The Pensions Regulator and the Institute of Chartered Accountants in England and Wales are seeking views on proposals that will help trustees of defined contribution master trusts show customers that schemes are being run to a high standard.
The two bodies have developed a new assurance framework, which will provide employers shopping around for an automatic enrolment scheme for their workers with some confidence over scheme features.
A consultation on the framework was published by the ICAEW yesterday and views are being sought from the pensions industry.
Andrew Warwick-Thompson, TPR's executive director for DC, said: 'Gaining independent assurance will help manage confidence in this growing segment of the DC market and demonstrate the presence of governance and administration standards that meet our DC code and regulatory guidance.'
'We encourage employers to select master trusts that have obtained this assurance on the control objectives set out by the ICAEW.'
The framework focuses on six areas: essential scheme durability; the establishment of scheme governance; people; ongoing governance and monitoring; administration; and communication to members.
While the framework has been developed for master trusts, other larger DC schemes could adopt the guidance as best practice, the ICAEW said.
Henry Irving, head of audit and assurance at the ICAEW, said: 'Everybody, whether an employee or employer, wants to be confident that their pensions money is managed properly.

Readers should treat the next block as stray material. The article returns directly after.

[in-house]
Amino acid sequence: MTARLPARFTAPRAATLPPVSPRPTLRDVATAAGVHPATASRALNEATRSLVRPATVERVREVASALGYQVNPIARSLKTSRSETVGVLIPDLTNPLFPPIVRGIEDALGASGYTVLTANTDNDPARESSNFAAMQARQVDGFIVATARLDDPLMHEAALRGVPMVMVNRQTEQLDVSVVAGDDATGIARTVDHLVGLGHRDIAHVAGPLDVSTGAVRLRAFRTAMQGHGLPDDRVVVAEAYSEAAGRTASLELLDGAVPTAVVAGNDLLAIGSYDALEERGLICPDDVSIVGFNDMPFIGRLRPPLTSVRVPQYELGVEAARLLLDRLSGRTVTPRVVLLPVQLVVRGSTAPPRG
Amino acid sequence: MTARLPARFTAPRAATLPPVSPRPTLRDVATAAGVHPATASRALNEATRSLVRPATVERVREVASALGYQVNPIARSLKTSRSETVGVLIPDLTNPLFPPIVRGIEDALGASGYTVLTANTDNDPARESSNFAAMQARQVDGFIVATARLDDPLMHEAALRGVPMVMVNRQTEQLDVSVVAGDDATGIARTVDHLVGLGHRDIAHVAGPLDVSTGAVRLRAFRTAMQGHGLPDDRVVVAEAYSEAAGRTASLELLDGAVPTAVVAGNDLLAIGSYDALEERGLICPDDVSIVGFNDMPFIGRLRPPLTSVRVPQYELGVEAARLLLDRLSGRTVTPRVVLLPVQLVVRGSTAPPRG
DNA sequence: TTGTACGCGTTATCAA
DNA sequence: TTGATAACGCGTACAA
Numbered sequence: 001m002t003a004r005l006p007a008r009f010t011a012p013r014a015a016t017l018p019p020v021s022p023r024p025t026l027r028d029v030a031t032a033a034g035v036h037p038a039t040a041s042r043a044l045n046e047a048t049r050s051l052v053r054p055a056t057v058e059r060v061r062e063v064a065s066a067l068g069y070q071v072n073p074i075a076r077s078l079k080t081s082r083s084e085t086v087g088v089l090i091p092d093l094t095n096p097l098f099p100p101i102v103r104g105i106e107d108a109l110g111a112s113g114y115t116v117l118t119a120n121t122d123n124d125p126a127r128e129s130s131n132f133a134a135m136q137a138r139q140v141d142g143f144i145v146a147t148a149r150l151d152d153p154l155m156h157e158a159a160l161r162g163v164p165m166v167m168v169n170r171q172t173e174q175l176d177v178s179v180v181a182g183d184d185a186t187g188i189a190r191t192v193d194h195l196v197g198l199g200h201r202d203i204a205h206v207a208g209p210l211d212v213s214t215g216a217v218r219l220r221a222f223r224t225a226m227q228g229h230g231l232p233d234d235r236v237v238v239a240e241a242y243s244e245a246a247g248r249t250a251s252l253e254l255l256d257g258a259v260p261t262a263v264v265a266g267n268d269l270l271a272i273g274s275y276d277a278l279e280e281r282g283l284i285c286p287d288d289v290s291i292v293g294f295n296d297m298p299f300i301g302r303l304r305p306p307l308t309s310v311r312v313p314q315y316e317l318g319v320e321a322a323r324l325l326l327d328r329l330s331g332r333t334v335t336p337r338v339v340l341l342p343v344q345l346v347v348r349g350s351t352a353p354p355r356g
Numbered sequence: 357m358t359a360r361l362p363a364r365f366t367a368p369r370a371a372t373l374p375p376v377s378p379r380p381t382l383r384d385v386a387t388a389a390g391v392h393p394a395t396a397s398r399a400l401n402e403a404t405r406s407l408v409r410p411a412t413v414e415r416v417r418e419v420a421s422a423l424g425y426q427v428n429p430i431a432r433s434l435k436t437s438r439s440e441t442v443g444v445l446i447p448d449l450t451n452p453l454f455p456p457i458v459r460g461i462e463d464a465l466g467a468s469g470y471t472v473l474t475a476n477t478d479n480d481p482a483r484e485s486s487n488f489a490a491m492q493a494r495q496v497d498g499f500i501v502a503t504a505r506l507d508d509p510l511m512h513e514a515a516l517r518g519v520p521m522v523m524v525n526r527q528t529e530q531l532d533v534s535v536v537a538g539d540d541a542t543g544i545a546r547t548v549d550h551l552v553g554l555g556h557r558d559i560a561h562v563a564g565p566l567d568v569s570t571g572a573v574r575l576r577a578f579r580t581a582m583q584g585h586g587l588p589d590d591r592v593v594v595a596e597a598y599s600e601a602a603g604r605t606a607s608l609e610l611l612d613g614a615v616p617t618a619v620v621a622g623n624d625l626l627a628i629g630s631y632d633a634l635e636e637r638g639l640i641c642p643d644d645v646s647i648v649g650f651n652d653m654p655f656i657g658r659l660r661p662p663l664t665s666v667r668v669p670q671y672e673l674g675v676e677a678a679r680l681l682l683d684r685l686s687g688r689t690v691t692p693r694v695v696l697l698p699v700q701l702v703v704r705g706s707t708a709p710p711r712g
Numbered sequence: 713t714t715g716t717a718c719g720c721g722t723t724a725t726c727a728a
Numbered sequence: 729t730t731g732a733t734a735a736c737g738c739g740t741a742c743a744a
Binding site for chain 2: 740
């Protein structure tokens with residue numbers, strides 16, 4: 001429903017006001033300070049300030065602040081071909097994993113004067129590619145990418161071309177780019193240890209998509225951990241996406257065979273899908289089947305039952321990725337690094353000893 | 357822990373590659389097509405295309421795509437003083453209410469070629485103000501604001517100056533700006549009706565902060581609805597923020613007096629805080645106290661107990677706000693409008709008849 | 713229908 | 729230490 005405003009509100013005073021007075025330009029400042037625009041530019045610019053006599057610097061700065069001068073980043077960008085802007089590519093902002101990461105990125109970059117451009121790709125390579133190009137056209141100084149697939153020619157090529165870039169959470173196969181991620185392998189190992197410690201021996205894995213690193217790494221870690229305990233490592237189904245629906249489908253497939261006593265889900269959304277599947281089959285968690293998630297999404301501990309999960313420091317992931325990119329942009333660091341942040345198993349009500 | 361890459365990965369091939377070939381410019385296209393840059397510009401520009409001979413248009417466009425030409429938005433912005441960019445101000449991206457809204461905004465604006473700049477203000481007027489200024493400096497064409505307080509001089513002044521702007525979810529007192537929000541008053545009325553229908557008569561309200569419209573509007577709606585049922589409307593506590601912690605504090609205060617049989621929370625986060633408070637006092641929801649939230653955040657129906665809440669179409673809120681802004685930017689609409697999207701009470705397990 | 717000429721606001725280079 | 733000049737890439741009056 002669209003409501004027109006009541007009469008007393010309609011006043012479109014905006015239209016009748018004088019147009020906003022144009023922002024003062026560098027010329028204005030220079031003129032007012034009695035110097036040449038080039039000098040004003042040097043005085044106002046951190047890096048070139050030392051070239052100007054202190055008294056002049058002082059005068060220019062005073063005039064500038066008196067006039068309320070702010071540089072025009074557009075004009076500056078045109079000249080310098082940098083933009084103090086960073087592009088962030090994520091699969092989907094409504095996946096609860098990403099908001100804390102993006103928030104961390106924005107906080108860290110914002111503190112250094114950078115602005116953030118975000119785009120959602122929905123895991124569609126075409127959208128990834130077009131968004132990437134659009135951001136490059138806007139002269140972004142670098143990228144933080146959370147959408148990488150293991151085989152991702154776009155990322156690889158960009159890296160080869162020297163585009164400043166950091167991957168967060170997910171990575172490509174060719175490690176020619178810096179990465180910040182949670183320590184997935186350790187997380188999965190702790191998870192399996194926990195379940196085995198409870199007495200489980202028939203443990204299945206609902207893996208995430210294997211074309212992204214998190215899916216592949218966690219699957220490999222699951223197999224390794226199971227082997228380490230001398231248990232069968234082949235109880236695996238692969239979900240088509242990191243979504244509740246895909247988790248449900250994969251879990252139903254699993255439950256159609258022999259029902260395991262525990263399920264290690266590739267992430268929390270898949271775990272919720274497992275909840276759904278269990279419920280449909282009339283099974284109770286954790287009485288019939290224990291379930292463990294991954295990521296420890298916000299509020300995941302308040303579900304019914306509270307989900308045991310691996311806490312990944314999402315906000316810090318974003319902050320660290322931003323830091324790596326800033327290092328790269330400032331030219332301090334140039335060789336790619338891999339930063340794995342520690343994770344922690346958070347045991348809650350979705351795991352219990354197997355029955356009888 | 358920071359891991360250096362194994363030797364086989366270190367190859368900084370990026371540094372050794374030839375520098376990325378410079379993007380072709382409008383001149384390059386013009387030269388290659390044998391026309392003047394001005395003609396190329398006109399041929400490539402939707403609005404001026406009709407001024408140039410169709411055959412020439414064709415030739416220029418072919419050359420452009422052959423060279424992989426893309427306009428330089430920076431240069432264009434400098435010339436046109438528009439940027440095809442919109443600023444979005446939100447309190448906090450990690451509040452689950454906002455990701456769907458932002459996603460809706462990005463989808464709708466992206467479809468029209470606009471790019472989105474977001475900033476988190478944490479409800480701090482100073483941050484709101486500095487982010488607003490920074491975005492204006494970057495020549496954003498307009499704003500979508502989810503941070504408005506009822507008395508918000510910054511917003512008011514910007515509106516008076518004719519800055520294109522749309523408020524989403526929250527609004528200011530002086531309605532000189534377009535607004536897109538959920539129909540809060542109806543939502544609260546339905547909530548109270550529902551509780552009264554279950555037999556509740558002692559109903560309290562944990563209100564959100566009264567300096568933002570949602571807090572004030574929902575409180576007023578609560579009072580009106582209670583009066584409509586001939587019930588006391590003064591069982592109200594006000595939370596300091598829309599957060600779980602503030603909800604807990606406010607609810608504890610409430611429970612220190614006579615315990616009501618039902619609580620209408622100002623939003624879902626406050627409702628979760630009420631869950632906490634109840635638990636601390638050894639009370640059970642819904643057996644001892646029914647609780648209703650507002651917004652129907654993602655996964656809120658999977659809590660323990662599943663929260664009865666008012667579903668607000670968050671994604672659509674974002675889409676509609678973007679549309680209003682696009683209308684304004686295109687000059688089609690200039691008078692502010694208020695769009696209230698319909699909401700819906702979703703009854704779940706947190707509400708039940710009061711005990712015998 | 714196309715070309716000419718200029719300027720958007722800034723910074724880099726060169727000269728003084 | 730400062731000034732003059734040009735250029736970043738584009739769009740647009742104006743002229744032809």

'Having an independent expert produce an assurance report can help employers assess the master trusts and effectively demonstrate that they operate to a good standard.'
'We are consulting on the draft framework to make sure it works for practitioners, employers and master trusts. We are keen that all stakeholders take the opportunity to feed back their comments.'
The National Association of Pension Funds welcomed the draft framework. Chief executive Joanne Segars said master trusts were a good choice for employers looking for a scheme for auto-enrolment.
'A well-run master trust combines robust and independent trustee governance, offers the scale required to deliver good value investments and administration and has the long-term interests of members at its heart,' she said.
Currently there are very few barriers to setting up a master trust, and there is no guarantee that they are all as well run as they should be, Segars noted.
The consultation closes on December 16 and final guidance is planned for publication in the spring.